Friday, September 9, 2016

Supreme Court Shuts Down MI Push to Eliminate Straight-Ticket Voting

The Supreme Court on Friday denied an emergency request from Michigan to reinstate a ban on “Straight-Ticket” voting, a mechanism that allows people to vote for every candidate in a Party’s ticket by marking a single box on a ballot. The case is Johnson v Michigan State A. Philip Randolph Institute, 16A225. The vote was 6-2.

The Court’s order indicates that at least two justices, Clarence Thomas and Samuel Alito, would’ve allowed the ban to go into effect.

This development can be seen as a victory for voting rights advocates, who have argued that restricting straight-ticket voting would exacerbate wait times and create confusion at the polls, with the likely result that many Michigan residents, especially black voters, would not get a chance to vote at all.

In a statement, Michigan Attorney General Bill Schuette (R) defended the Straight-Ticket ban but accepted the High Court’s pronouncement. “It is my duty to defend Michigan’s laws, in this case a law that stands in 40 other states,” Schuette said. “Now the U.S. Supreme Court has spoken and I will respect that decision.”

Fred Woodhams, a spokesman for the Michigan Department of State, said in an email that the State will now move to finalize ballots and have them ready by Sept. 24, when Absentee voting is set to begin. “In light of today’s U.S. Supreme Court action, the department will certify the November ballot and voting a straight-party ticket will be an option for voters for partisan races,” Woodhams said.

A Federal Judge in May had put the Straight-Ticket voting ban on hold ahead of the November election, reasoning that the long-standing practice was favored by black voters in prior contests and that eliminating it would burden their right to vote.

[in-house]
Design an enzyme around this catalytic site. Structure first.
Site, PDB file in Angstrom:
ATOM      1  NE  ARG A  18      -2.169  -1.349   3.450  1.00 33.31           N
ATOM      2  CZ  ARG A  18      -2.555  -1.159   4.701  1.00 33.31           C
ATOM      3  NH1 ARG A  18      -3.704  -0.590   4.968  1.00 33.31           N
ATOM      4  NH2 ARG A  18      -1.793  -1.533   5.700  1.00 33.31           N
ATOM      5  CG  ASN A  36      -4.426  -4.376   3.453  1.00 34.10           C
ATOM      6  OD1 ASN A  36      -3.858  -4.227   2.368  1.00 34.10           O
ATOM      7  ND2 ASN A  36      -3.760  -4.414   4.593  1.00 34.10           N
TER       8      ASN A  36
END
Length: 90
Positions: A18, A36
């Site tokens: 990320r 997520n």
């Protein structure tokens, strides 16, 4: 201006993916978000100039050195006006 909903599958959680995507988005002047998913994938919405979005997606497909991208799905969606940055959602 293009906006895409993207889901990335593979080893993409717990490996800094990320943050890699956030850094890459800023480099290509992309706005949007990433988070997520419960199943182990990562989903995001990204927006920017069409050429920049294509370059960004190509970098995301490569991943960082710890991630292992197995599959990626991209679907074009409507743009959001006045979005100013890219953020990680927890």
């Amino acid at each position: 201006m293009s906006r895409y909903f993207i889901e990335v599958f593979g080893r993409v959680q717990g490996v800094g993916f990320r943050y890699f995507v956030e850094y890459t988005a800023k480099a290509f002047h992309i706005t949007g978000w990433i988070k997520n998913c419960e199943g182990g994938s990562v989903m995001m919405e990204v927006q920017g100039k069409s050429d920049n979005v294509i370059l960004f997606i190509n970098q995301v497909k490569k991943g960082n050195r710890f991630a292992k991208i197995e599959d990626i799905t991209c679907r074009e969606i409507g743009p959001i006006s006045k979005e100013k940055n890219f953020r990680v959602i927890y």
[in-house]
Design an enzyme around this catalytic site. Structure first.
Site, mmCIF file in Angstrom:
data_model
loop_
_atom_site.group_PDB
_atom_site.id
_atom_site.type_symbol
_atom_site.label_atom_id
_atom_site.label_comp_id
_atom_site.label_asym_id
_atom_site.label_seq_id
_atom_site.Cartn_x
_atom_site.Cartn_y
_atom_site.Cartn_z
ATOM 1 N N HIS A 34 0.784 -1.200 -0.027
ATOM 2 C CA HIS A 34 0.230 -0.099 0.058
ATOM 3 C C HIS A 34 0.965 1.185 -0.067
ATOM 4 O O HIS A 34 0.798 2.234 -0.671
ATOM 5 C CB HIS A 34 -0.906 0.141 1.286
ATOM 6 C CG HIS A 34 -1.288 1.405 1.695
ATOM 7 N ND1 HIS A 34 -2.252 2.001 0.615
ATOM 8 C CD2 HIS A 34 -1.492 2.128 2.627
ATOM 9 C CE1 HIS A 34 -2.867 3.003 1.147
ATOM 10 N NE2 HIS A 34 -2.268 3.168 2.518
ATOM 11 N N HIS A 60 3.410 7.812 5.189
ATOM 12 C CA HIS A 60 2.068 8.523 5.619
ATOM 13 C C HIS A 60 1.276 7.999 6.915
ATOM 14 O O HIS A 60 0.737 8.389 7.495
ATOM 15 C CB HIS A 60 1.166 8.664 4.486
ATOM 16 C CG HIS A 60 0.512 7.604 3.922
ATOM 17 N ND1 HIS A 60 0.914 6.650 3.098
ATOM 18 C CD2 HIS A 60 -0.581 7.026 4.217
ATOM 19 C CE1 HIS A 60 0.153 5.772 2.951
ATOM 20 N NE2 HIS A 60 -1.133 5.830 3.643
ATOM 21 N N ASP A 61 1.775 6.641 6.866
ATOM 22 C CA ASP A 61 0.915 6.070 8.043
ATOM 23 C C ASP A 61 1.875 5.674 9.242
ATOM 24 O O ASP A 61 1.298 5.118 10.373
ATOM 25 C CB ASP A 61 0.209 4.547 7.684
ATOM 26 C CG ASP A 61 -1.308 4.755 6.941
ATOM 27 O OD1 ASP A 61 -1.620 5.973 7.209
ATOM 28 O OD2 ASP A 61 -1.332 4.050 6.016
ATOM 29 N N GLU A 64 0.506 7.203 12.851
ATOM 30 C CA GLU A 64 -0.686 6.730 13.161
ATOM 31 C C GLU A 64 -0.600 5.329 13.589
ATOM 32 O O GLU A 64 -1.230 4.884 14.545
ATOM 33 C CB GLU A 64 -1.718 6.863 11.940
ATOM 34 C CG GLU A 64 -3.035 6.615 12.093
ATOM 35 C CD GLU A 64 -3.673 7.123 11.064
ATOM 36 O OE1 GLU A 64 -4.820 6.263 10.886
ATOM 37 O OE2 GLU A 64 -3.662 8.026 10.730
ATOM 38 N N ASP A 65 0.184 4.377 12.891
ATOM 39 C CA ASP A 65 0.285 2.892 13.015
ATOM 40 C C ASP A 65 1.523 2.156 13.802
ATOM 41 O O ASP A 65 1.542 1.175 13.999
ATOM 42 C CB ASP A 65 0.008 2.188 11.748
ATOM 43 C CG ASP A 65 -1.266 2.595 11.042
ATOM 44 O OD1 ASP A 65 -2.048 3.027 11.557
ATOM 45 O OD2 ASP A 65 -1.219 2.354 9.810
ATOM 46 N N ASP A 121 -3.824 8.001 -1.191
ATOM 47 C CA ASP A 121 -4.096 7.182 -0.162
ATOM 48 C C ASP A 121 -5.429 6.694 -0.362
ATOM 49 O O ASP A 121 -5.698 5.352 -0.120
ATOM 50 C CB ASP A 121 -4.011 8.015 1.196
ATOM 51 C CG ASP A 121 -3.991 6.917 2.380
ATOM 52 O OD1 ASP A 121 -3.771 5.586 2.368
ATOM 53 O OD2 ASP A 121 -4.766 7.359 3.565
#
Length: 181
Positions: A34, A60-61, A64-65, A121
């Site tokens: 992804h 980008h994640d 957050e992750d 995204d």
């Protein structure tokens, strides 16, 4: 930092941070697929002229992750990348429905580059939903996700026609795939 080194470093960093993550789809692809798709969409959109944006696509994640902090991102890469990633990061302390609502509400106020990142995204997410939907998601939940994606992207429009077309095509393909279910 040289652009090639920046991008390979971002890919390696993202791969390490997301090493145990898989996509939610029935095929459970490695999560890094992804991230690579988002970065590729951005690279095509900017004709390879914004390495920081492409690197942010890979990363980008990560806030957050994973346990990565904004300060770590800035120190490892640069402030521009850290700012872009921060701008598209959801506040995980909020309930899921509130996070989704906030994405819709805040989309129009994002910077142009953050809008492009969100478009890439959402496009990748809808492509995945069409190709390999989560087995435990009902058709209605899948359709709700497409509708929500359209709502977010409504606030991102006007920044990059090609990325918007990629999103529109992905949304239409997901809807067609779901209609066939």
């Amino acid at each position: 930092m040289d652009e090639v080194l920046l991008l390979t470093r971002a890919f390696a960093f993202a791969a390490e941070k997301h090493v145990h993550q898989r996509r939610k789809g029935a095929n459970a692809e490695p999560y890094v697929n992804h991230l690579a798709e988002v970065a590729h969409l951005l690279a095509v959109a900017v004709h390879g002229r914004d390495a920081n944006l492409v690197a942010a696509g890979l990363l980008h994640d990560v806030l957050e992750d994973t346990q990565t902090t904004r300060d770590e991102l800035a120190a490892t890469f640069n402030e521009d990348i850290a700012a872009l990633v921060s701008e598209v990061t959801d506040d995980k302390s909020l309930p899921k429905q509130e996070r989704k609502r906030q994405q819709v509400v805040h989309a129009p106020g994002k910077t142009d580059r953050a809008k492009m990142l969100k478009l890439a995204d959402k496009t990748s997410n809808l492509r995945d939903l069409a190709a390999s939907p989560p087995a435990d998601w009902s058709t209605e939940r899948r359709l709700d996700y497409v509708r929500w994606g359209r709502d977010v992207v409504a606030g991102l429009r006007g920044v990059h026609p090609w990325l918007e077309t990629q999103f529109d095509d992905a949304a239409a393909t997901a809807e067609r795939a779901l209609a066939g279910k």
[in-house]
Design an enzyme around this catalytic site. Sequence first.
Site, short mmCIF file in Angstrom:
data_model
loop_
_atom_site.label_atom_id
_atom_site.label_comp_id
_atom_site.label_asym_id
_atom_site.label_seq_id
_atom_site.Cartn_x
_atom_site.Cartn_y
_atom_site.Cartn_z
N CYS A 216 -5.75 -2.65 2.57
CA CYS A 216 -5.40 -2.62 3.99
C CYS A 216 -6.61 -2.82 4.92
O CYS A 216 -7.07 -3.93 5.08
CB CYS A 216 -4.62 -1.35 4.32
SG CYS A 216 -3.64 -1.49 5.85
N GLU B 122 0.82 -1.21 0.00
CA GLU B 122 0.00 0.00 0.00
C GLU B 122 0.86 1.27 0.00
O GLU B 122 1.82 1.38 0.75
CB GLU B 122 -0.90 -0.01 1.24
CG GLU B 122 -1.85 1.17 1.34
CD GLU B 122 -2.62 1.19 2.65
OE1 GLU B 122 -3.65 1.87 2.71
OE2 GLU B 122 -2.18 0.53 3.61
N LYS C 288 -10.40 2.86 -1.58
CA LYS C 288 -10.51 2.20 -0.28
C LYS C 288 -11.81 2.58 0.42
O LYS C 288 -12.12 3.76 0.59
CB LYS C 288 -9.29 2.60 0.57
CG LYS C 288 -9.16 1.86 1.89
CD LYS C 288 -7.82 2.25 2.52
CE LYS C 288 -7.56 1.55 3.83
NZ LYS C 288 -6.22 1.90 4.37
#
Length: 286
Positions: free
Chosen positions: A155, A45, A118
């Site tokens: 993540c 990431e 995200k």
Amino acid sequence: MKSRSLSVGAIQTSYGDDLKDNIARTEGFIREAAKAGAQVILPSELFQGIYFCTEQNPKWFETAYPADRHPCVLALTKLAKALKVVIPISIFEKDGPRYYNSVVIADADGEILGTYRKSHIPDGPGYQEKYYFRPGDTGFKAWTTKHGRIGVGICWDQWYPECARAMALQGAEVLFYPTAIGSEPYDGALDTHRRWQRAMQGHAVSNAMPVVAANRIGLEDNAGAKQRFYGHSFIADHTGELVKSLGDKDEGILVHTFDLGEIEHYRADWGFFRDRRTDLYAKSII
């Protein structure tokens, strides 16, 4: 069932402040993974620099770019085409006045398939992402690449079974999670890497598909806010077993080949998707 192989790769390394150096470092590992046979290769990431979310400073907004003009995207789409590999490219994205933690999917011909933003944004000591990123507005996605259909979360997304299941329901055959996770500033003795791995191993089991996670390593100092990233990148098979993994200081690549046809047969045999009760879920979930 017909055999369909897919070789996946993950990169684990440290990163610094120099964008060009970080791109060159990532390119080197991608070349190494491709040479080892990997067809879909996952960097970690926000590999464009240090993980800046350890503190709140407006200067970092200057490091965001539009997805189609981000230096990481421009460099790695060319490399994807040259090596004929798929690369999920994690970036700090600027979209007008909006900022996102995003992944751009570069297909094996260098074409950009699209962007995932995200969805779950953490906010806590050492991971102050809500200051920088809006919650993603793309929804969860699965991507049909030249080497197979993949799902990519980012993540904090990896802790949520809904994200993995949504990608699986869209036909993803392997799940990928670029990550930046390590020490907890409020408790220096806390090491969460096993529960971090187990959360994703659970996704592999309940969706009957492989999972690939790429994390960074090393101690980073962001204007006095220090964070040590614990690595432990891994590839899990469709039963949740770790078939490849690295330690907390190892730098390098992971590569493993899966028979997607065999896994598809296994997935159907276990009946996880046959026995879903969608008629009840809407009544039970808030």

But Michigan officials, led by Schuette, told the Supreme Court last week that its “democratically enacted” ban did not violate the Constitution or the Voting Rights Act of 1965, but was simply aimed at “requiring voters to actually vote for each candidate they intend to support.”

“This change is not a burden on voting — it is the very act of voting,” read the State’s filing, which also noted that the vast majority of states do not allow Straight-Ticket voting. Prior to the ban, enacted in late 2015, Michigan had allowed Straight-Ticket voting for 125 years.

Responding to these contentions, the plaintiffs who challenged the ban countered on Wednesday that their lawsuit didn’t claim that African-American voters somehow have a constitutional right to vote straight-ticket.

“It is about the unconstitutional consequences for millions of voters of eliminating this option in the unique context of Michigan elections ― massive confusion and even longer lines at polling places deterring voters, especially African-American voters, from voting,” the plaintiffs told the Justices.

The Supreme Court did not offer its views for or against the ban on Straight-Ticket voting, but Friday’s order signals that Michigan couldn’t convince at least five Justices to agree to let the ban go into effect ahead of Election Day.

Now that the Court is evenly divided, with four Justices on each side of the ideological spectrum, it is expected that its next test on Voting Rights may also result in bad news for the petitioners. The Justices will soon act on a request from Ohio Democrats to restore a “Golden Week” of Early voting and Same-Day registration.

NYC Wins When Everyone Can Vote! Michael H. Drucker
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